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get_values_hook()					     get_values_hook()

  get_values_hook - Object class method for obtaining values of resources
  that do not appear in the resource list.

  typedef void (*XtArgsProc)(Widget, ArgList, Cardinal *);
	 Widget w;
	 ArgList args;
	 Cardinal *num_args;

  w	    Specifies the widget or object that is having  its	resources

  args	    Specifies the argument list that was passed to XtGetValues().

  num_args  Specifies the number of arguments in the argument list.

  The get_values_hook() method is registered on the get_values_hook field
  of the Object, RectObj, or Core class part structure, and is called  by
  XtGetValues()	 to  give  the widget a chance to supply the value of any
  resources that do not appear in the widget's resource list (by  calling
  XtGetSubvalues()  on	a  subpart,  for example) or to modify any of the
  returned values.

  The  get_values_hook()  method  is  chained  in  superclass-to-subclass
  order,   and	 cannot	 be  inherited.	  Classes  that	 do  not  need	a
  get_value_hook() method should  specify  NULL	 in  the  get_values_hook
  field of their class structure.

  See XtGetValues(1) for more information on when this method is invoked.

  If a widget or object has subparts with resources that do not appear in
  the resource list of	the  object  itself,  it  can  use  the	 get_val‐
  ues_hook()  method  to  call	XtGetSubvalues() passing a pointer to the
  subpart, the subpart resource list, and the args and num_args	 argument
  list.	 Using this technique, the application programmer will be able to
  query the value of subpart resources as  if  they  were  normal  widget

  Note	that  since  the Object class was added in Release 4, it is often
  easier to use objects rather than subparts, because  objects	get  more
  automatic  resource  handling	 by  the  Intrinsics than subparts do.	A
  get_values_hook() procedure is not limited to calling XtGetSubvalues();
  it  can call XtGetValues() on a widget or object, as shown in the exam‐
  ples below.  When using objects rather than subparts, it is also possi‐
  ble  to  give	 the  application programmer direct control over creating
  those objects.  If the  programmer  keeps  a	pointer	 to  the  created
  object,  then she can directly set and query the resource values of the
  object, and no get_values_hook() is necessary in the parent.

  The get_values_hook() method can also be used to  modify  the	 resource
  values  in args that would otherwise be returned to the user.	 A widget
  that displays a string, for example, might want to  return  a	 copy  of
  that string to the programmer rather than the string itself, so that if
  the programmer modifies the string, the widget will  not  be	affected.
  Widgets  that	 use  the  get_values_hook() method in this way should be
  sure to document which resources are copied in this  way  and	 must  be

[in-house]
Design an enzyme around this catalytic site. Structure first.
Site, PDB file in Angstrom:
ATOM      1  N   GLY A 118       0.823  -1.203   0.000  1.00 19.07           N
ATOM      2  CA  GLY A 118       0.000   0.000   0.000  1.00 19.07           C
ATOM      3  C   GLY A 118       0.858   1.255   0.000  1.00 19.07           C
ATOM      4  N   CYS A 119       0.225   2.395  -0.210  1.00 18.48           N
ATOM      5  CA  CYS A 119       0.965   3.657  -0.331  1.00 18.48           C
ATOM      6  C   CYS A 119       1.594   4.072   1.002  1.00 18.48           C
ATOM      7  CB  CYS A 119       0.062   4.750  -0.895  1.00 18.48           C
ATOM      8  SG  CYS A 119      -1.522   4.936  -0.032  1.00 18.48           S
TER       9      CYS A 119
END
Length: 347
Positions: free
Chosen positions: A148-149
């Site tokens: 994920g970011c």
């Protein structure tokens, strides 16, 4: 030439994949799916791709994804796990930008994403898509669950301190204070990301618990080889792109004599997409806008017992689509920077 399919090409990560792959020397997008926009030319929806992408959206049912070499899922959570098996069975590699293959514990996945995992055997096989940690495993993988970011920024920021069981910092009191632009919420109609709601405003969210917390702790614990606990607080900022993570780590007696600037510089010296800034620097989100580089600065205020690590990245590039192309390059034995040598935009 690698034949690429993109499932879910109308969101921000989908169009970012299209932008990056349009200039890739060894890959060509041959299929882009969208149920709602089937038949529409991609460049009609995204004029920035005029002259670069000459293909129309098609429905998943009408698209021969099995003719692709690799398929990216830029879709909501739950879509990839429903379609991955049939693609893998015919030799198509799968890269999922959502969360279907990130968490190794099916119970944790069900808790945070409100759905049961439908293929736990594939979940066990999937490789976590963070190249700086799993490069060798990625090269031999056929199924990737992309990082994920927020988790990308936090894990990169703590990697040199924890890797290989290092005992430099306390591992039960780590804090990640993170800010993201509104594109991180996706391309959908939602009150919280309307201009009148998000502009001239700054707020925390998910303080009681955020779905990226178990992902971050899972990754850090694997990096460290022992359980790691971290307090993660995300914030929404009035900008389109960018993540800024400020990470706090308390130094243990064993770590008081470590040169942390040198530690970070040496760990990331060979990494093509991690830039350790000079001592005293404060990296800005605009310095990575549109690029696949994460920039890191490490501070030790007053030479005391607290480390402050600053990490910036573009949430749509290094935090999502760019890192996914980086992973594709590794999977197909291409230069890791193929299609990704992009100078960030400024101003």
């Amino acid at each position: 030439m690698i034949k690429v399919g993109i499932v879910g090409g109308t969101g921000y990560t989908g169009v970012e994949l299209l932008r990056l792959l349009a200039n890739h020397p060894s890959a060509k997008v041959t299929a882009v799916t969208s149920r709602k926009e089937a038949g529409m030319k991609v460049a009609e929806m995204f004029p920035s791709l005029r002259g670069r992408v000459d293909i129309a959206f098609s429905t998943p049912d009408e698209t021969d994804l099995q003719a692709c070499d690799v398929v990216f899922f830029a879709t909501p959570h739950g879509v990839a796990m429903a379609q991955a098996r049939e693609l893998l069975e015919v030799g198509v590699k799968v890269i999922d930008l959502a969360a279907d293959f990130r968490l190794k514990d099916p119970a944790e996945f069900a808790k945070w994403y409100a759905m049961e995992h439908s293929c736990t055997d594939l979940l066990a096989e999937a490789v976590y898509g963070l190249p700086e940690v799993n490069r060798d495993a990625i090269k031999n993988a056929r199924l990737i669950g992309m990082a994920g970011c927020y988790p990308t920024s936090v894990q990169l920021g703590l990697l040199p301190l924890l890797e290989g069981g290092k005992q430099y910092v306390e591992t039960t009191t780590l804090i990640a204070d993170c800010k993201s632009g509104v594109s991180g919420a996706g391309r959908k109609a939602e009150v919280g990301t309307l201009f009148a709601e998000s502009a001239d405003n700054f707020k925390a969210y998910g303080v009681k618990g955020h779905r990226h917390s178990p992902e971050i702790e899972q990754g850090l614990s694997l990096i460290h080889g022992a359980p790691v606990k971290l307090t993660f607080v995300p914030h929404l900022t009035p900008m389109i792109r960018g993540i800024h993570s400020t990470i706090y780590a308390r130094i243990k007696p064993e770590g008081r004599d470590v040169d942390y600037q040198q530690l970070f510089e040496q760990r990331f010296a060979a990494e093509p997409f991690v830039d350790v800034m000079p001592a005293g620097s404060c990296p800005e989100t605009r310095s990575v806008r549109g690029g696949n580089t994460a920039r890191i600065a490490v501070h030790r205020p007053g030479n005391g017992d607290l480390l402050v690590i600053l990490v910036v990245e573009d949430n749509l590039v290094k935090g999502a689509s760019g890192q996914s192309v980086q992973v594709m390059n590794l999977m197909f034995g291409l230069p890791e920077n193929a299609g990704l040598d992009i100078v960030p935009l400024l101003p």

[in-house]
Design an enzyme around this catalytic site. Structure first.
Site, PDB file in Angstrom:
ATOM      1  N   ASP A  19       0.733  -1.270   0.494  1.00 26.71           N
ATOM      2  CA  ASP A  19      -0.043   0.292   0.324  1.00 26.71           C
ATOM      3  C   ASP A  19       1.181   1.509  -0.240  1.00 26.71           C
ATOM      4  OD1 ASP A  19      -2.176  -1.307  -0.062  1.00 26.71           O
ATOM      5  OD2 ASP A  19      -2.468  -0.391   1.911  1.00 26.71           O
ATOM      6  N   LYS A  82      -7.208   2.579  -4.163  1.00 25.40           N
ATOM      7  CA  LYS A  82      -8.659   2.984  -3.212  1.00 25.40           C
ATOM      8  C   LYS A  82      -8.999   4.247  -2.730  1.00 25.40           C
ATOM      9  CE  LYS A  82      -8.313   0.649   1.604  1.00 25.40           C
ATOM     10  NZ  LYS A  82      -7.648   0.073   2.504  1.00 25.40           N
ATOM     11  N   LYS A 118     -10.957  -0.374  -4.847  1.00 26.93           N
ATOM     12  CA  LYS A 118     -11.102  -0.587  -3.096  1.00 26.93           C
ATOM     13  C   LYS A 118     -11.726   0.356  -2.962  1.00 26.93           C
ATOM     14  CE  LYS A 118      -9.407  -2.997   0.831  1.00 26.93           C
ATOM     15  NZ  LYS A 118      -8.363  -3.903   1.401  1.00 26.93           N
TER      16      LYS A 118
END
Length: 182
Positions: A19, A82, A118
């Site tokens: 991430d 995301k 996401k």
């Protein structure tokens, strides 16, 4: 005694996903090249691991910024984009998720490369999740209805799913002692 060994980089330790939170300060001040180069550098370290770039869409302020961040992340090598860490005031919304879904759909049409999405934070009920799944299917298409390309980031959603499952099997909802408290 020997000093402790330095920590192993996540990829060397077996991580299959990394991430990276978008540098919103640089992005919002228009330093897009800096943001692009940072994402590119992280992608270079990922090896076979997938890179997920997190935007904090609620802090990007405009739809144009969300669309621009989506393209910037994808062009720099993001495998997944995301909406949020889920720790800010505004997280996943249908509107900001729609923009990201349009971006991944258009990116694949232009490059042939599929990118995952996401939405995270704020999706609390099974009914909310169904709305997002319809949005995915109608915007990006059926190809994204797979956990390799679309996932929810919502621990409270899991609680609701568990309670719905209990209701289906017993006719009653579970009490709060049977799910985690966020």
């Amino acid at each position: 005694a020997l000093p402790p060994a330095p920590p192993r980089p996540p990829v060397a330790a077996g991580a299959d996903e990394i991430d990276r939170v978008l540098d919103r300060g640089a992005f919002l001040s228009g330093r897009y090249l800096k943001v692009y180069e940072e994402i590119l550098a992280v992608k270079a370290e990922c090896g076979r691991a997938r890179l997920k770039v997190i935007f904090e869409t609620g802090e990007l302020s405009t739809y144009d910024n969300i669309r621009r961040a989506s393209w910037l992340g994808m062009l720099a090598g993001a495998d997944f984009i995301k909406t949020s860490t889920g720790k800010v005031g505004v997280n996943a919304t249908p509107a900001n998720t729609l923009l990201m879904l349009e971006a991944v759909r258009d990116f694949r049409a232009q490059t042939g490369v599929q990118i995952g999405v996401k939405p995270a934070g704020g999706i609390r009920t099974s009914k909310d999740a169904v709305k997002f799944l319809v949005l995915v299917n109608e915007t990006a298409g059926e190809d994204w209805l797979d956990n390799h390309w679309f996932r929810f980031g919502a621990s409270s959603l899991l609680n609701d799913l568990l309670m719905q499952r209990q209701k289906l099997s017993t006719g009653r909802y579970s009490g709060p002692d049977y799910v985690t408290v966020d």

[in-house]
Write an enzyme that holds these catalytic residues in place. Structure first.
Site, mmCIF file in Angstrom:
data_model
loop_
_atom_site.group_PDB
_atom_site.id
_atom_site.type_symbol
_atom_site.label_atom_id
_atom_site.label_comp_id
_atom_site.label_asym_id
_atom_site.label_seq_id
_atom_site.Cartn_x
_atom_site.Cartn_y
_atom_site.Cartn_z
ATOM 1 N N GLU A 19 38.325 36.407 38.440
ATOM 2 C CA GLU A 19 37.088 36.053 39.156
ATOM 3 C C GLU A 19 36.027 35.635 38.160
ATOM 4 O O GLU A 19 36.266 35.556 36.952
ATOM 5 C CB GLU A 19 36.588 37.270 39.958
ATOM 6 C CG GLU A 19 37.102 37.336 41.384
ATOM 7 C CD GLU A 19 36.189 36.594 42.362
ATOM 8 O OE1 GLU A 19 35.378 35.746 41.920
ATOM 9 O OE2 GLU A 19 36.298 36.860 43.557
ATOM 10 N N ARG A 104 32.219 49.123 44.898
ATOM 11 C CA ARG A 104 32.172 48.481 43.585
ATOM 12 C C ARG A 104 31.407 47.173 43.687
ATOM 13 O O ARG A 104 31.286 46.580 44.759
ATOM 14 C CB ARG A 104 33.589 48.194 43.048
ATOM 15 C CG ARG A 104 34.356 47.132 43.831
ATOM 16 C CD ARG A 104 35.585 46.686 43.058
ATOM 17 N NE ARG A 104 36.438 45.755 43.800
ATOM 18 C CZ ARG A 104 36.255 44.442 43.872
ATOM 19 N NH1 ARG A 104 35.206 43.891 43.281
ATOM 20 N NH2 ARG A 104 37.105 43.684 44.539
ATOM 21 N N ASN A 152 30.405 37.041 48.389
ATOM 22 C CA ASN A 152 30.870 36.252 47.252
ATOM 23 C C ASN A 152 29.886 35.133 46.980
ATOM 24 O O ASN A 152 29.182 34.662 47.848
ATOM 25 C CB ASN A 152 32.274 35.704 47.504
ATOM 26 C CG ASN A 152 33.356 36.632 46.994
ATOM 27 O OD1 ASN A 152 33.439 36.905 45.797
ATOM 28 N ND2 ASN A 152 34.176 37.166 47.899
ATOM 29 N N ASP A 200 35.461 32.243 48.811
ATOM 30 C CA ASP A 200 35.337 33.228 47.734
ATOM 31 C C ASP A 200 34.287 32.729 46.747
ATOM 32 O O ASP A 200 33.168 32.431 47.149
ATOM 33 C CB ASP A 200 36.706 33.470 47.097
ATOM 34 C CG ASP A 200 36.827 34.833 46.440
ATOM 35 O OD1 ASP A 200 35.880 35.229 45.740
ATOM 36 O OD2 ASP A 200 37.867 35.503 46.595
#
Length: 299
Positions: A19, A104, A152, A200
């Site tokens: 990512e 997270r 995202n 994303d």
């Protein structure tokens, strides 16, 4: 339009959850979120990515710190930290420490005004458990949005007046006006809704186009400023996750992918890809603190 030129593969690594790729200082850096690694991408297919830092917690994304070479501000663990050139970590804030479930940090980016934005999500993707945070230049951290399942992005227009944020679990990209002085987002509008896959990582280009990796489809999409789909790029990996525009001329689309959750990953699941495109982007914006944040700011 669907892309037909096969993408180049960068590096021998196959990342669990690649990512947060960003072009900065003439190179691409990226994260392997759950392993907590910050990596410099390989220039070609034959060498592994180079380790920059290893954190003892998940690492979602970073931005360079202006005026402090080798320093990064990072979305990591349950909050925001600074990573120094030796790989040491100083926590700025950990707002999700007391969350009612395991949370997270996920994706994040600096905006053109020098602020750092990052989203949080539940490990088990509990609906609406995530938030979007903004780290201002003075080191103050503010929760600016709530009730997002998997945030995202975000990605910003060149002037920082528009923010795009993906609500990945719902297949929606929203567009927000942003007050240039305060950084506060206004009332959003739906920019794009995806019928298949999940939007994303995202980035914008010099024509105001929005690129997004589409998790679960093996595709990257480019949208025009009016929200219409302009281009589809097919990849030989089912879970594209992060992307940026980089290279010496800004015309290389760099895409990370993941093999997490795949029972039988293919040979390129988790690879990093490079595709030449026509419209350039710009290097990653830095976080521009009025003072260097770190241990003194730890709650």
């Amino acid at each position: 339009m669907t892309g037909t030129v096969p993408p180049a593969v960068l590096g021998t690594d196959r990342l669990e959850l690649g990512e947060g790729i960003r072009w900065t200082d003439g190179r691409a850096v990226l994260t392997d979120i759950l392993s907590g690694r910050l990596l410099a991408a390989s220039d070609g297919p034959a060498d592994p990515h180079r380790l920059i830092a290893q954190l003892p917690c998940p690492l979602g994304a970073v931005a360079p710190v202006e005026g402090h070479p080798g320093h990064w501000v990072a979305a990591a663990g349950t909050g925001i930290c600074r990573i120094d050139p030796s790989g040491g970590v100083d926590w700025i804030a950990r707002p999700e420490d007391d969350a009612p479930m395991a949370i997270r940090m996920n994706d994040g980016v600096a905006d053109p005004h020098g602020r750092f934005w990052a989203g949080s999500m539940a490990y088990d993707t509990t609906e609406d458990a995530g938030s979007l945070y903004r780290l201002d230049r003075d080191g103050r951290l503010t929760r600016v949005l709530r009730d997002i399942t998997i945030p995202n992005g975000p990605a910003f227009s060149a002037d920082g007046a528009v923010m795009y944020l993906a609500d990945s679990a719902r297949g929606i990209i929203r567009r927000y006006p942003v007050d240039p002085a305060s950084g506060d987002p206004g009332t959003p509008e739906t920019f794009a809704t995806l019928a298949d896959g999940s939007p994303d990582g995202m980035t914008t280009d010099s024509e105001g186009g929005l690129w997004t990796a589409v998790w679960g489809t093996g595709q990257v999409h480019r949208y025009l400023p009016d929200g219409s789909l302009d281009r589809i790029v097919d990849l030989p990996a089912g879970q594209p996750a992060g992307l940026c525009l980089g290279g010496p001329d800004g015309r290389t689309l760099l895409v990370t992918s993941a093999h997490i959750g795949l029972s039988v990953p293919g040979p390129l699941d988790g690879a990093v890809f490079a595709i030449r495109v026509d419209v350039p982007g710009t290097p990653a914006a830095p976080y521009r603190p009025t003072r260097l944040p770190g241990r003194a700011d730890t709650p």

freed by the user.  (None of the Intrinsics widgets nor the Xaw widgets
  do this.)

  Note that the get_values_hook() method is not obsolete as are the other
  hook methods, initialize_hook() and set_values_hook().

  The  two  procedures below are the get_values_hook() methods of the Xaw
  Dialog and Xaw Text widget classes.  Note that both  use  XtGetValues()
  to obtain resources of a child widget or object, which they "export" as
  one of their own resources.

  The Dialog method checks the incoming	 argument  list	 for  a	 resource
  named	 XtNvalue,  and	 only queries the child for that single resource.
  The Text method simply passes the entire argument list in XtGetValues()
  calls	 to  two  different  child objects.  This method assumes that the
  Text widget and its two children objects do not have any  resources  by
  the  same name, so there is not potential for name conflicts.	 The Text
  widget controls the types of its subobjects, so this	is  a  reasonable
  assumption.	Since  all  objects  have an XtNdestroyCallback resource,
  however, if you were to query the value of this resource for	the  Text
  widget, you would get the callback list for one of its internal objects
  instead.  (This is not a practical problem because the callback list is
  in an internal compiled form and should not be queried anyway.)

     static void
     GetValuesHook(w, args, num_args)
     Widget w;
     ArgList args;
     Cardinal * num_args;
       Arg a[1];
       String s;
       DialogWidget src = (DialogWidget) w;
       register int i;

       for (i=0; i < *num_args; i++)
	 if (streq(args[i].name, XtNvalue)) {
	   XtSetArg(a[0], XtNstring, &s);
	   XtGetValues(src->dialog.valueW, a, 1);
	   *((char **) args[i].value) = s;

     static void
     GetValuesHook(w, args, num_args)
     Widget w;
     ArgList args;
     Cardinal * num_args;
       XtGetValues( ((TextWidget) w)->text.source, args, *num_args );
       XtGetValues( ((TextWidget) w)->text.sink, args, *num_args );

See Also
  XtGetSubvalues(1), XtGetValues(1),

Xt - Intrinsics Methods					     get_values_hook()

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